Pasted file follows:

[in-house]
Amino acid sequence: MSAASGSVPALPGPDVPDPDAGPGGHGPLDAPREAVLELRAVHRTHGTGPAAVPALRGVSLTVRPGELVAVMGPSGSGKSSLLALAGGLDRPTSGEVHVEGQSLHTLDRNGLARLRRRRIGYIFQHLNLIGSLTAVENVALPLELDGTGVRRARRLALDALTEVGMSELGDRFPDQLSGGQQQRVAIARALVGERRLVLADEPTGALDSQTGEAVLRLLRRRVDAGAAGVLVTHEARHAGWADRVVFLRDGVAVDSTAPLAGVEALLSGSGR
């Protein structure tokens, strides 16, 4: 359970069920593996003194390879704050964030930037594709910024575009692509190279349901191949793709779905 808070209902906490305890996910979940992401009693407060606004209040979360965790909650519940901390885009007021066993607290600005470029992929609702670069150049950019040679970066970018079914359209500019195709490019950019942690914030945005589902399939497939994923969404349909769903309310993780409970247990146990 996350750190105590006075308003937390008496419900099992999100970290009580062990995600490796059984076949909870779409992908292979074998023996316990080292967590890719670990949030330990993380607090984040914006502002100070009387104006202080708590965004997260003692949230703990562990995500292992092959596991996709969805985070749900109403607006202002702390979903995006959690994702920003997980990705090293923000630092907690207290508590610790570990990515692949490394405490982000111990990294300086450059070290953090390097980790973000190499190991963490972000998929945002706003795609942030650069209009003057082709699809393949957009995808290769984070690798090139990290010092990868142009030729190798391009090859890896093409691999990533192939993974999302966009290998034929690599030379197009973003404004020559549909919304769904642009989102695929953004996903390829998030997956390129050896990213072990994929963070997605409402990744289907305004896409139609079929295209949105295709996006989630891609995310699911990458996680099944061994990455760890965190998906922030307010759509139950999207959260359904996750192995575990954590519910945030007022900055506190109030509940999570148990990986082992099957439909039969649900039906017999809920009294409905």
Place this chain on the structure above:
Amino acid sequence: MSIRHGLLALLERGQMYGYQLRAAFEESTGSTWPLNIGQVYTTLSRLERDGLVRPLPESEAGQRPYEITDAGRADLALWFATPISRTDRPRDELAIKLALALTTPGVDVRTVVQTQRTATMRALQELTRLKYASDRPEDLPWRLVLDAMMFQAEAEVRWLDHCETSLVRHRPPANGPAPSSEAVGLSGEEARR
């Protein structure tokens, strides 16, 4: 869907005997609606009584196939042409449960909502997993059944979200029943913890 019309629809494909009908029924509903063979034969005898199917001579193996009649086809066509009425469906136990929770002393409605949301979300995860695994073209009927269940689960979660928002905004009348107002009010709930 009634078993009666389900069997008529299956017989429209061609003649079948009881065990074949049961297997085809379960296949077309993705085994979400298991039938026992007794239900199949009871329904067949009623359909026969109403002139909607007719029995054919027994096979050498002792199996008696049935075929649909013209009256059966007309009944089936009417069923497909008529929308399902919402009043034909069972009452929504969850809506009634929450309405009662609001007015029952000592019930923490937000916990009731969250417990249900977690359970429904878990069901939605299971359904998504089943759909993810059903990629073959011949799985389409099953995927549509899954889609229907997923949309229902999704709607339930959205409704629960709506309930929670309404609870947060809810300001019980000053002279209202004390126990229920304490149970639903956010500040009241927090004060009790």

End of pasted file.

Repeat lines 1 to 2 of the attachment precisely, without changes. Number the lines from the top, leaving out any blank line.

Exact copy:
[in-house]
Amino acid sequence: MSAASGSVPALPGPDVPDPDAGPGGHGPLDAPREAVLELRAVHRTHGTGPAAVPALRGVSLTVRPGELVAVMGPSGSGKSSLLALAGGLDRPTSGEVHVEGQSLHTLDRNGLARLRRRRIGYIFQHLNLIGSLTAVENVALPLELDGTGVRRARRLALDALTEVGMSELGDRFPDQLSGGQQQRVAIARALVGERRLVLADEPTGALDSQTGEAVLRLLRRRVDAGAAGVLVTHEARHAGWADRVVFLRDGVAVDSTAPLAGVEALLSGSGR